Modelling the time course of antimalarial parasite killing: A tour of animal and human models, translation and challenges
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Malaria remains a global public health concern, and current treatment options are sub-optimal in some clinical settings. For effective chemotherapy, antimalarial drug concentrations must be sufficient to completely remove all of the parasites in the infected host. Optimised dosing therefore requires a detailed understanding of the time course of antimalarial response, whilst simultaneously considering the parasite life-cycle and host immune elimination. Recently, the World Health Organisation (WHO) has recommended the development of mathematical models for better understanding antimalarial drug resistance and management. Other international groups have also suggested that mechanistic pharmacokinetic (PK) and pharmacodynamic (PD) models can support the rationalisation of antimalarial dosing strategies. At present, artemisinin-based combination therapy (ACT) is recommended as first line treatment of falciparum malaria for all patient groups. This review summarises the PK-PD characterisation of artemisinin derivatives and other partner drugs from both preclinical studies and human clinical trials. We outline the continuous- and discrete-time models that have been proposed to describe antimalarial activity on specific stages of the parasite life-cycle. The translation of PK-PD predictions from animals to humans is considered, because preclinical studies can provide rich data for detailed mechanism-based modelling. While similar sampling techniques are limited in clinical studies, PK-PD models can be used to optimise the design of experiments to improve estimation of the parameters of interest. Ultimately, we propose that fully developed mechanistic models can simulate and rationalise ACT or other treatment strategies in antimalarial chemotherapy.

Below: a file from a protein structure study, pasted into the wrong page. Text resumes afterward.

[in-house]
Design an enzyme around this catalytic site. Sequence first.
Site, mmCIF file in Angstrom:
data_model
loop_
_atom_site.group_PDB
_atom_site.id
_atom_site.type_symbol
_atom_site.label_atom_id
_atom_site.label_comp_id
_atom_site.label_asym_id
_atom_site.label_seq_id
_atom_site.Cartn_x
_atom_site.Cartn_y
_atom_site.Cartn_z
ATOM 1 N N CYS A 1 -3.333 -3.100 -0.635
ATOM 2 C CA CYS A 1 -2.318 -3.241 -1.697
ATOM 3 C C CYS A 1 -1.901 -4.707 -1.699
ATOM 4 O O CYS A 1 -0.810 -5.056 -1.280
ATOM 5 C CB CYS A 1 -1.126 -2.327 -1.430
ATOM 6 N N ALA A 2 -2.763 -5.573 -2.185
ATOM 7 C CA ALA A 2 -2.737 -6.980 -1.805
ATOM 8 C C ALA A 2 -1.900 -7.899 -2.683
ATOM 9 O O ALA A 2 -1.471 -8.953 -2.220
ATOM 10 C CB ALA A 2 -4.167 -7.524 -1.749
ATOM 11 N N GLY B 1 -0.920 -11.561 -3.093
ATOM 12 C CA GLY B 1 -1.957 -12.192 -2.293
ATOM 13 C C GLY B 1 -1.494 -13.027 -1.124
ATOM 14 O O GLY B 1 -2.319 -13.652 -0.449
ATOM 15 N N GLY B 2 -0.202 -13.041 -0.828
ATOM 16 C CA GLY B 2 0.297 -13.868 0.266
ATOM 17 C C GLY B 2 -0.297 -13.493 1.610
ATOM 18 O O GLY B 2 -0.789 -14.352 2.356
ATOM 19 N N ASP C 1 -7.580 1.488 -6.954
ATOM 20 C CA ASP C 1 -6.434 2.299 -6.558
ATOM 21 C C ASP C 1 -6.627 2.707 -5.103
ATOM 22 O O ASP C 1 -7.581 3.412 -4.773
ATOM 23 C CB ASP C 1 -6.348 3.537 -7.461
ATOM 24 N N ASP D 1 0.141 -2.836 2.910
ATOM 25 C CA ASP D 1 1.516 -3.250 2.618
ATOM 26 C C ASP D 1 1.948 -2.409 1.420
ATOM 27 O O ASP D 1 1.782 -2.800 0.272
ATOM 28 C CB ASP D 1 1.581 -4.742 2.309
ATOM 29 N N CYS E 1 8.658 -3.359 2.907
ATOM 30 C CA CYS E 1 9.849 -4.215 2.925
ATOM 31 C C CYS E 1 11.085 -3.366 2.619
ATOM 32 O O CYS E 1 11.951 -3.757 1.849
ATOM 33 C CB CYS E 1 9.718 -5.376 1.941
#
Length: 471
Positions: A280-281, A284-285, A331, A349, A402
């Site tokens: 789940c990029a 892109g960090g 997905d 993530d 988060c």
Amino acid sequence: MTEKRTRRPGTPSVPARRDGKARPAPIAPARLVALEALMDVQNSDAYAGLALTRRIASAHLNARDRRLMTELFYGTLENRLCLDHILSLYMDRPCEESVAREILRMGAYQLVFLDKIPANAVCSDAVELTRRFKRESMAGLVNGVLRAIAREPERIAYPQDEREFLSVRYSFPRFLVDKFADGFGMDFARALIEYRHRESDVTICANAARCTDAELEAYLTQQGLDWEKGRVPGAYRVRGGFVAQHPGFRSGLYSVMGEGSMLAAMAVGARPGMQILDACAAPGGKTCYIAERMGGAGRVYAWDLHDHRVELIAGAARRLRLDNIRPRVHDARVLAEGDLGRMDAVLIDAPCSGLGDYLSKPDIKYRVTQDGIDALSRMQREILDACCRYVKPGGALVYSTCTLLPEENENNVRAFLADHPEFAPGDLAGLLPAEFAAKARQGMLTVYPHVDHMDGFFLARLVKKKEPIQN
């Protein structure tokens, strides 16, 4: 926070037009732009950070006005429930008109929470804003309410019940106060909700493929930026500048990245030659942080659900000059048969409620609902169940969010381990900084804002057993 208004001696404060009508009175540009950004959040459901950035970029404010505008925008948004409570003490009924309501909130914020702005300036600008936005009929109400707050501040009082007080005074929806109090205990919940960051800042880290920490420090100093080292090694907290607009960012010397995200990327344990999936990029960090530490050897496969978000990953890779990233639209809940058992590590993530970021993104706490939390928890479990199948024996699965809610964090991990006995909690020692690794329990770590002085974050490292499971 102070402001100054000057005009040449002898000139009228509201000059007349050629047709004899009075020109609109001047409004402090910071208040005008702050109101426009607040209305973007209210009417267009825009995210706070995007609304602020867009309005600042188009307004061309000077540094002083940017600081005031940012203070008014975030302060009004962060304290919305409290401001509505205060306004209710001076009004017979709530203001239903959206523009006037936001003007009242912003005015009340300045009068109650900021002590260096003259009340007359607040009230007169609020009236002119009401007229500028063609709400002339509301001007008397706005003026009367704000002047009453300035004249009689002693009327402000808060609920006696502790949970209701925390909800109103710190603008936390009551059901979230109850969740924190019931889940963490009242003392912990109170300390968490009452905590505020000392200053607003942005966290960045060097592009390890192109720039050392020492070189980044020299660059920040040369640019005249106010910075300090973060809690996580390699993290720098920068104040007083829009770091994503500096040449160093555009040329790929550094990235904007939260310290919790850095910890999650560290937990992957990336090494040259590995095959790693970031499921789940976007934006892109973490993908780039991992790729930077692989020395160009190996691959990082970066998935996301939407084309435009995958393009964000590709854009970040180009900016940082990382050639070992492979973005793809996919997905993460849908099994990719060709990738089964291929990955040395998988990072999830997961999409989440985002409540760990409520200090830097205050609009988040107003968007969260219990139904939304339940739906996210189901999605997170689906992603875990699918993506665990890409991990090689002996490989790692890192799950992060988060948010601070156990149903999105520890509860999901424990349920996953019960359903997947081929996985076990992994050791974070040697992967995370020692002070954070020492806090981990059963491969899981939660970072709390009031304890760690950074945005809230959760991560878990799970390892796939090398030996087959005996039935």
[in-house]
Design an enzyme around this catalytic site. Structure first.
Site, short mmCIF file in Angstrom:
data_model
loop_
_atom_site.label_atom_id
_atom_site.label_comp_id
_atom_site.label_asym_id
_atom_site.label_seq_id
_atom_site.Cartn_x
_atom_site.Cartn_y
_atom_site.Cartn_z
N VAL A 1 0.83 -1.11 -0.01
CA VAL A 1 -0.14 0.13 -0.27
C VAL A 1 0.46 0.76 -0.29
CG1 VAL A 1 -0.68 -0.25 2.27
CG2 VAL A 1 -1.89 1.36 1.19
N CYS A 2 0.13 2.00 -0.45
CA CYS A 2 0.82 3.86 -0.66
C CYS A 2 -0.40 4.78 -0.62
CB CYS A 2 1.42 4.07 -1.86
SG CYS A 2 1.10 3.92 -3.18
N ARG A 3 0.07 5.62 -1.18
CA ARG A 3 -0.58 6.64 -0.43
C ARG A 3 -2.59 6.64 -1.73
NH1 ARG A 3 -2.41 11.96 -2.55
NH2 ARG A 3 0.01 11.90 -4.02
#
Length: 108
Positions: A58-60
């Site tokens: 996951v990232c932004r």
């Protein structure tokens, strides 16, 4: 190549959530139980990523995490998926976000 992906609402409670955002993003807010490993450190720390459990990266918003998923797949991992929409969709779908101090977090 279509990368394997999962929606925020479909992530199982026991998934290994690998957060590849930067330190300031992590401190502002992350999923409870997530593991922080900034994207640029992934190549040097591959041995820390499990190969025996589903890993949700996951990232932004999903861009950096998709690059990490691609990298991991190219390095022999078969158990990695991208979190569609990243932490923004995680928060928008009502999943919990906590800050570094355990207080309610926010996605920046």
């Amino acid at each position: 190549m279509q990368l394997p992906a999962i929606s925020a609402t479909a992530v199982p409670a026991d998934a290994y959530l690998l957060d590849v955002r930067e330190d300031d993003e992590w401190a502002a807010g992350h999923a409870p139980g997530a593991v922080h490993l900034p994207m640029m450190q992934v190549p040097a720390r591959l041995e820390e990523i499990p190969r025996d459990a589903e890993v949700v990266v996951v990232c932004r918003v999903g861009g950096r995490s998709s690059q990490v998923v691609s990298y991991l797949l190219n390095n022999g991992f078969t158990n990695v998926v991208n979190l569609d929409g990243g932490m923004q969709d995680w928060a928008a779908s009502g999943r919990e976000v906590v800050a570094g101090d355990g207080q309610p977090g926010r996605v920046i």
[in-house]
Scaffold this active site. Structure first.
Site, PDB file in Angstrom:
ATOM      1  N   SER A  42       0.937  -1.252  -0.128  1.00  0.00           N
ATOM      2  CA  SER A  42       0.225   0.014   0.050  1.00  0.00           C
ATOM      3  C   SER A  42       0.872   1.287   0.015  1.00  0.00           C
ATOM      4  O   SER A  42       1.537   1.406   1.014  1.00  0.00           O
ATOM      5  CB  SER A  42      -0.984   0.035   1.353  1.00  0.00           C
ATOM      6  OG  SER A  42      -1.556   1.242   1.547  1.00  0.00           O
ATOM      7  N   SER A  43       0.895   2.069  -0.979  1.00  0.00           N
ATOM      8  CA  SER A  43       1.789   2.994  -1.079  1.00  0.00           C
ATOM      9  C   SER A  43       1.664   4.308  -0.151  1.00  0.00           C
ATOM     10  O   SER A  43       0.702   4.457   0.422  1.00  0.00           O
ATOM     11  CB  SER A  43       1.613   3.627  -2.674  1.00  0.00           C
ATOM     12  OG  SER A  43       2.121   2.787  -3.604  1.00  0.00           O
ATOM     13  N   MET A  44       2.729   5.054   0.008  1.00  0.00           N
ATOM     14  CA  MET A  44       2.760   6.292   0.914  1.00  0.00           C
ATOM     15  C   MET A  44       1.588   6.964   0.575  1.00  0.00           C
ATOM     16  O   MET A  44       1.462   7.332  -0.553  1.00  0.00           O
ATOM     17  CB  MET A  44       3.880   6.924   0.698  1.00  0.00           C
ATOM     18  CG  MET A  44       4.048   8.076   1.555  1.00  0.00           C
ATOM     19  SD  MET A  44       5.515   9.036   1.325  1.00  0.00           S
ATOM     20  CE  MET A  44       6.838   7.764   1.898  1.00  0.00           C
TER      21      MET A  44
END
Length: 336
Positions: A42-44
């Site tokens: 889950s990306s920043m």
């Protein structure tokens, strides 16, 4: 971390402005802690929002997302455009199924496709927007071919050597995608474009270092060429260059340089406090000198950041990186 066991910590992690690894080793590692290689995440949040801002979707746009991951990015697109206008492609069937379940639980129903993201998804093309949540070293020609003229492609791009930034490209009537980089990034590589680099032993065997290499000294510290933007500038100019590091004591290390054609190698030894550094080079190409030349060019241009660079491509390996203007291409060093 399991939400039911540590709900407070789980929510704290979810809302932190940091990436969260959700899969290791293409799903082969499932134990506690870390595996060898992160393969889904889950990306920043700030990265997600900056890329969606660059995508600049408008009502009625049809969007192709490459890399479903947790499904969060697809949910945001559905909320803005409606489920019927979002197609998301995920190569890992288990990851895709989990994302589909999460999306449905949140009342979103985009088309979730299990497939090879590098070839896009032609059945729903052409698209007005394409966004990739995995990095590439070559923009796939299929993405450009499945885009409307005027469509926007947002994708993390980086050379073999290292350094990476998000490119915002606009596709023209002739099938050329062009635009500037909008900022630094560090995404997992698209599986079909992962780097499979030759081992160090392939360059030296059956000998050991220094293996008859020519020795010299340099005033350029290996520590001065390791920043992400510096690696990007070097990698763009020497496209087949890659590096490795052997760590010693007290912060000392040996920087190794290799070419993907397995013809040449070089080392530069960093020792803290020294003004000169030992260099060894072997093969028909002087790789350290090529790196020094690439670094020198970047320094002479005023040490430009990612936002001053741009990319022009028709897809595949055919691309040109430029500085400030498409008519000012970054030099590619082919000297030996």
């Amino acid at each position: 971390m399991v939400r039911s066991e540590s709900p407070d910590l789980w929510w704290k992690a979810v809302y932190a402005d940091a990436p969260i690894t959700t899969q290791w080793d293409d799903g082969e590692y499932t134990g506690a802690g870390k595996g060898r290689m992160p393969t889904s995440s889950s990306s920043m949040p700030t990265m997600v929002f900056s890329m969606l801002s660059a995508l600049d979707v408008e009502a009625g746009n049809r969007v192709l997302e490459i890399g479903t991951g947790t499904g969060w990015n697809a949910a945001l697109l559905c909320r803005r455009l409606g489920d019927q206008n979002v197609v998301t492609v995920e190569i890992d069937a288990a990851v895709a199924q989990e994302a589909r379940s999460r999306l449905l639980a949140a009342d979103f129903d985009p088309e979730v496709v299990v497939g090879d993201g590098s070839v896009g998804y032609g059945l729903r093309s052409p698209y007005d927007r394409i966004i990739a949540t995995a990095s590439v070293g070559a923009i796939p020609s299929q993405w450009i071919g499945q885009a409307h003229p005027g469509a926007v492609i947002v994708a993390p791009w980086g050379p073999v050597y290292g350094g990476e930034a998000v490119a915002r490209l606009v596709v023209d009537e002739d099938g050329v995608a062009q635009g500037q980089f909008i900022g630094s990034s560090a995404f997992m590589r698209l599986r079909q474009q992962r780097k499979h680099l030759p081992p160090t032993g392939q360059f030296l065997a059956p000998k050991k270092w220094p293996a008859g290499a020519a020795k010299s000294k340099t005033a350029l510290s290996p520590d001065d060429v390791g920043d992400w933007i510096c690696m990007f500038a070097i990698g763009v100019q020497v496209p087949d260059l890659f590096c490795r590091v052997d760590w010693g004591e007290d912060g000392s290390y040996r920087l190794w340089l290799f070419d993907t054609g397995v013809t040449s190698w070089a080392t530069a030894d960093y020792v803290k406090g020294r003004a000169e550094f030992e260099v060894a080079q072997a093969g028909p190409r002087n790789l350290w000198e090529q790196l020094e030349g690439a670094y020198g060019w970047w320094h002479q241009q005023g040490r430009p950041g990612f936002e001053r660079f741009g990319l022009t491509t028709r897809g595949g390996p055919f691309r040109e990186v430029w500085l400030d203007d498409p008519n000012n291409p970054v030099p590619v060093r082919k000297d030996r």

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Moore, Brioni R. (2011)Murine malaria models have proved to be a valuable preclinical tool, particularly in the development of new concepts in the research of human malaria. Plasmodium berghei (P. berghei), is the most extensively studied and ...
Patel, K.; Batty, K.; Moore, Brioni; Gibbons, P.; Kirkpatrick, C. (2014)Objectives: To develop a mechanistic model that describes the growth, antimalarial killing and recrudescence of parasite following dihydroartemisinin and piperaquine combination therapy to infected mice. Methods: Antimalarial ...
Patel, K.; Batty, Kevin; Moore, Brioni; Gibbons, P.; Bulitta, J.; Kirkpatrick, C. (2013)Murine models are used to study erythrocytic stages of malaria infection, because parasite morphology and development are comparable to those in human malaria infections. Mechanism-based pharmacokinetic-pharmacodynamic ...